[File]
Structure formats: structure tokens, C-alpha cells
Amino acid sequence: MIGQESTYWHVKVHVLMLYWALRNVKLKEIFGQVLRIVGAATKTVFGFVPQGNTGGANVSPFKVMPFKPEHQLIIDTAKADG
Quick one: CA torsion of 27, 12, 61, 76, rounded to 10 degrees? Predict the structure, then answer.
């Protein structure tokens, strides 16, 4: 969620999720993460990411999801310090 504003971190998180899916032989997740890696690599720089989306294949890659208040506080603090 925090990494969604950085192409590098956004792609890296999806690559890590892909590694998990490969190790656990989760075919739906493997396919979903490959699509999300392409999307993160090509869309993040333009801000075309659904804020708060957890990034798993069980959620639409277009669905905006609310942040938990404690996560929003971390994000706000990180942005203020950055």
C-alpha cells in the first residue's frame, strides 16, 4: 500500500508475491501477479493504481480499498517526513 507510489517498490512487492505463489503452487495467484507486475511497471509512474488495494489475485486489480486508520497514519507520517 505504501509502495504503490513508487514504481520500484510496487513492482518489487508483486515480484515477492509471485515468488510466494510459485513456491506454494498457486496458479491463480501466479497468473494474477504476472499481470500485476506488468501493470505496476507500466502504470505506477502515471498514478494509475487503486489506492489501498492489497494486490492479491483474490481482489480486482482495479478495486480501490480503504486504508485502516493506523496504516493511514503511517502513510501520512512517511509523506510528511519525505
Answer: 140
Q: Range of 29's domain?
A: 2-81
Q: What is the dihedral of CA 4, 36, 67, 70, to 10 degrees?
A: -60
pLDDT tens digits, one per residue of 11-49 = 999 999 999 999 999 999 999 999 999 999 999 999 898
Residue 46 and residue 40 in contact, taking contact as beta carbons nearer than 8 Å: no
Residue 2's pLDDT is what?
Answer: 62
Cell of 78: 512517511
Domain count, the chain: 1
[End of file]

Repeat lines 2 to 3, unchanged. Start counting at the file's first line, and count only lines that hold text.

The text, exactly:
Amino acid sequence: MIGQESTYWHVKVHVLMLYWALRNVKLKEIFGQVLRIVGAATKTVFGFVPQGNTGGANVSPFKVMPFKPEHQLIIDTAKADG
Quick one: CA torsion of 27, 12, 61, 76, rounded to 10 degrees? Predict the structure, then answer.